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Alex Salmond's confirmed to MSPs he is going forward with plans to scrap our regional police and fire services in place of single national ones.
Alex Salmond said, "Today I am announcing our intention to move towards single services.
Tomorrow, the Cabinet Secretary for Justice will provide Parliament with further information, including how we will seek views on the options for how the new services will work in detail.''
The idea of merging the country's eight police forces into one was outlined in a government proposal in January and a consultation started in February. Other options included having fewer forces or a more streamlined version of the existing system.
Outlining the government's plans at Holyrood, Mr Salmond told MSPs that legislation to create a single police force and a single fire service, would save money without hitting frontline services.
Mr Salmond made the announcement as he launched his programme for government in the Scottish Parliament.
He said, "After detailed consideration of all the evidence available, we are persuaded that a single police service and a single fire and rescue service are the right options.
It will sustain and improve the delivery of local services while giving all parts of Scotland access to national expertise and assets whenever and wherever they are needed.
The reform will enhance national governance, ensuring clear separation from ministers, to ensure the continued operational independence of these vital services.''
The SNP was elected four months ago with a majority of seats at the Parliament, meaning it can pass new laws without having to win opposition backing.
Plans to create a single police force have attracted both support and opposition since the Government's consultation was launched.
A single service is supported by Labour and the Conservatives but opposed by the Liberal Democrats.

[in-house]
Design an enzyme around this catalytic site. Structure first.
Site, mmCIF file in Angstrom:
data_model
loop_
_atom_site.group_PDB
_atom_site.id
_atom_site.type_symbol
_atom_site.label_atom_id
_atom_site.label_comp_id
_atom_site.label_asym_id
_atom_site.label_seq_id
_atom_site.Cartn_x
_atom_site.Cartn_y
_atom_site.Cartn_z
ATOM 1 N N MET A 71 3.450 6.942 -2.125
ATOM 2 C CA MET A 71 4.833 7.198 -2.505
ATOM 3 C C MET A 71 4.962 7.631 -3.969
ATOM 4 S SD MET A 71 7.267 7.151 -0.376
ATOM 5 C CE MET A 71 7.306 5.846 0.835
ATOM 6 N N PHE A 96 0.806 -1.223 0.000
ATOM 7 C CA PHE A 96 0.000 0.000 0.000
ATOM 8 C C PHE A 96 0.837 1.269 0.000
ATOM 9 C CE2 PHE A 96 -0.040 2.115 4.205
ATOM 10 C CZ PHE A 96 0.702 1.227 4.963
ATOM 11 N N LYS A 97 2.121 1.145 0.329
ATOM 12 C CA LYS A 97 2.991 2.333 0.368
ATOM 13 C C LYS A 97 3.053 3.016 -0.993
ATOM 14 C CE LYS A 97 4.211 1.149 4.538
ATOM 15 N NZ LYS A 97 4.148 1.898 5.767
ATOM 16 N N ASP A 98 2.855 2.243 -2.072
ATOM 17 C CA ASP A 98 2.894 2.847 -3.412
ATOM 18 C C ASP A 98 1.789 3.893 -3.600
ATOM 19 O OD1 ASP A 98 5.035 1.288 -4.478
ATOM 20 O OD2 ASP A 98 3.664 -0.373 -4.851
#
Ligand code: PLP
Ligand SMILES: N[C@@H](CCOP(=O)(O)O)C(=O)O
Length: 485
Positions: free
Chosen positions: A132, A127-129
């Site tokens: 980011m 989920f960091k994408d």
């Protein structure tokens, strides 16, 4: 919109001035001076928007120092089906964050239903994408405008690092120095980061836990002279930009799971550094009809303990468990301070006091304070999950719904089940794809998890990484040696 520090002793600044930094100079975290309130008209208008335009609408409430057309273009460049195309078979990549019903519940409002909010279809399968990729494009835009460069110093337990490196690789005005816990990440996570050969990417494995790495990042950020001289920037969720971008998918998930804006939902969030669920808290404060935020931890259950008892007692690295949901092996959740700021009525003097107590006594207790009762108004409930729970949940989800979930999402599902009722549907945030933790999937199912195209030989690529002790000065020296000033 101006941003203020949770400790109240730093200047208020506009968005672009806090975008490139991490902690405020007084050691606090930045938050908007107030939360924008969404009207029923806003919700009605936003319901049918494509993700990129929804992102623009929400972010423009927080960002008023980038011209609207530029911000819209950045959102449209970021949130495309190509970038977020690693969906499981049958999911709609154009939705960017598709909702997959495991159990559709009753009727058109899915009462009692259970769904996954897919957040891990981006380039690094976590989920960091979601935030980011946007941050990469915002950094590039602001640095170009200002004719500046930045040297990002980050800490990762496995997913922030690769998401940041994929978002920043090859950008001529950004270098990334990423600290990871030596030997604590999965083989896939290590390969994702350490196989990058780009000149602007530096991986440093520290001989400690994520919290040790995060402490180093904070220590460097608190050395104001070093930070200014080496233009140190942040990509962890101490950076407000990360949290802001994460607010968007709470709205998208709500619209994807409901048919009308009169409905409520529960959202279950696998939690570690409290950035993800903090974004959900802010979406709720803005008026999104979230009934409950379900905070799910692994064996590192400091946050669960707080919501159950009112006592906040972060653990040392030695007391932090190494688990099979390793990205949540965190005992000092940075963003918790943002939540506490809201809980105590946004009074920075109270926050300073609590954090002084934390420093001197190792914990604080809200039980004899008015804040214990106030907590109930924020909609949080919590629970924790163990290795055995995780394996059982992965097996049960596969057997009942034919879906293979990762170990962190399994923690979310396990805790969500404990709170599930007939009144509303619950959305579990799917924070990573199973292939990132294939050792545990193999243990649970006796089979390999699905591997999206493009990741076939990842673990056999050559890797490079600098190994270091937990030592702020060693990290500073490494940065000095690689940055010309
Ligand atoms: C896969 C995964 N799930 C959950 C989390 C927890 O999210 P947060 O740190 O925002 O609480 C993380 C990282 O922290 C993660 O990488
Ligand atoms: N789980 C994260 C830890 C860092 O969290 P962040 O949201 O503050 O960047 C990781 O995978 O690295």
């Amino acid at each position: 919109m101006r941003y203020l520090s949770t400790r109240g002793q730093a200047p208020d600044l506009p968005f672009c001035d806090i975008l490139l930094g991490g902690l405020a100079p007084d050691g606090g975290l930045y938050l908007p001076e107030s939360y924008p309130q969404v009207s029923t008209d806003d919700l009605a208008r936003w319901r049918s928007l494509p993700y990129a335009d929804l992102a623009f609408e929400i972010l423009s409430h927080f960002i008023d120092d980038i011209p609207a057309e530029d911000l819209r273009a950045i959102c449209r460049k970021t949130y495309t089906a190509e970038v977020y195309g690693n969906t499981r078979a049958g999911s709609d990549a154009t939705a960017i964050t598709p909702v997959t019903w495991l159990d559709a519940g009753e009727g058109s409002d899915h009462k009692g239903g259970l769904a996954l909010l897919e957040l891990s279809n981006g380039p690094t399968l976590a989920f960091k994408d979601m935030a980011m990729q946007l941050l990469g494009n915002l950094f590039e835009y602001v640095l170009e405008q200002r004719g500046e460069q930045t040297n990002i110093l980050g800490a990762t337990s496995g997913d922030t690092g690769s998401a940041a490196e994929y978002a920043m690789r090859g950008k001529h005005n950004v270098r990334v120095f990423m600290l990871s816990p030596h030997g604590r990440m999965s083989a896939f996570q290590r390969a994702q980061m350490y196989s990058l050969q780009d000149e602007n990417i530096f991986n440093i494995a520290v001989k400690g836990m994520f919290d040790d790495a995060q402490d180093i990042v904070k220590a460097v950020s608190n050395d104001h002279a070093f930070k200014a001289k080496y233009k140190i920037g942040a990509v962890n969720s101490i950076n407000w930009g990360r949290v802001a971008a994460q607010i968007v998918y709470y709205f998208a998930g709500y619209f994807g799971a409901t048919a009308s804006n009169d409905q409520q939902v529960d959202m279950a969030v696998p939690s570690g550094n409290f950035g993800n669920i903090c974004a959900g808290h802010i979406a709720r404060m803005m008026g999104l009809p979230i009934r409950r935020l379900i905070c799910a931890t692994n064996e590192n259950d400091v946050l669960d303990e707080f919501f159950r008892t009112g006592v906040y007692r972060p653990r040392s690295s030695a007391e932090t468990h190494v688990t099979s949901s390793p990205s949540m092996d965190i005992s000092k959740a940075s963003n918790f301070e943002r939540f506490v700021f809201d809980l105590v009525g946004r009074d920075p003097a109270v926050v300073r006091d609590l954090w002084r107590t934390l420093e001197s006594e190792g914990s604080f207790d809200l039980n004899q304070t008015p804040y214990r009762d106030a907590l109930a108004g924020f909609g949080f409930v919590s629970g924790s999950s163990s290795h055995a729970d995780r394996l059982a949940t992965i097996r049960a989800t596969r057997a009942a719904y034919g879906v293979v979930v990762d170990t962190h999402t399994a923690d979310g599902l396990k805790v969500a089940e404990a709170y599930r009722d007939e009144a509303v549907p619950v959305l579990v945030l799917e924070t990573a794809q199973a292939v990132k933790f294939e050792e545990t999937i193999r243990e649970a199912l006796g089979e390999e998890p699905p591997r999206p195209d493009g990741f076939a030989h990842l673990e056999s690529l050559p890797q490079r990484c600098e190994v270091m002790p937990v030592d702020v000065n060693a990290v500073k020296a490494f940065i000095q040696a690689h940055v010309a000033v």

The party has raised concerns about the effects on accountability and performance, particularly in rural areas.
Hinting at today's formal announcement, Justice Secretary Kenny MacAskill told delegates at an international policing summit last month that a single force would provide "greater benefits'' which other options for change do not offer.
Mr MacAskill said he was "convinced'' the case for creating a single force had been strengthened following consultation over the summer.
Commenting on Mr Salmond's announcement, the chairman of the Scottish Police Federation (SPF), Les Gray, said, "The Scottish Government has decided to proceed with plans to amalgamate all eight Scottish police forces after consulting widely.
Now that the future shape of policing in Scotland has been decided, the federation will work with the government, the parliament and other interested parties to ensure the new system works for the people of Scotland and the police.''
He added, "The SPF will work tirelessly to make sure that concerns raised by the public and the police are properly dealt with.
We will ensure that local accountability remains and that the operational independence of the single police force is protected.''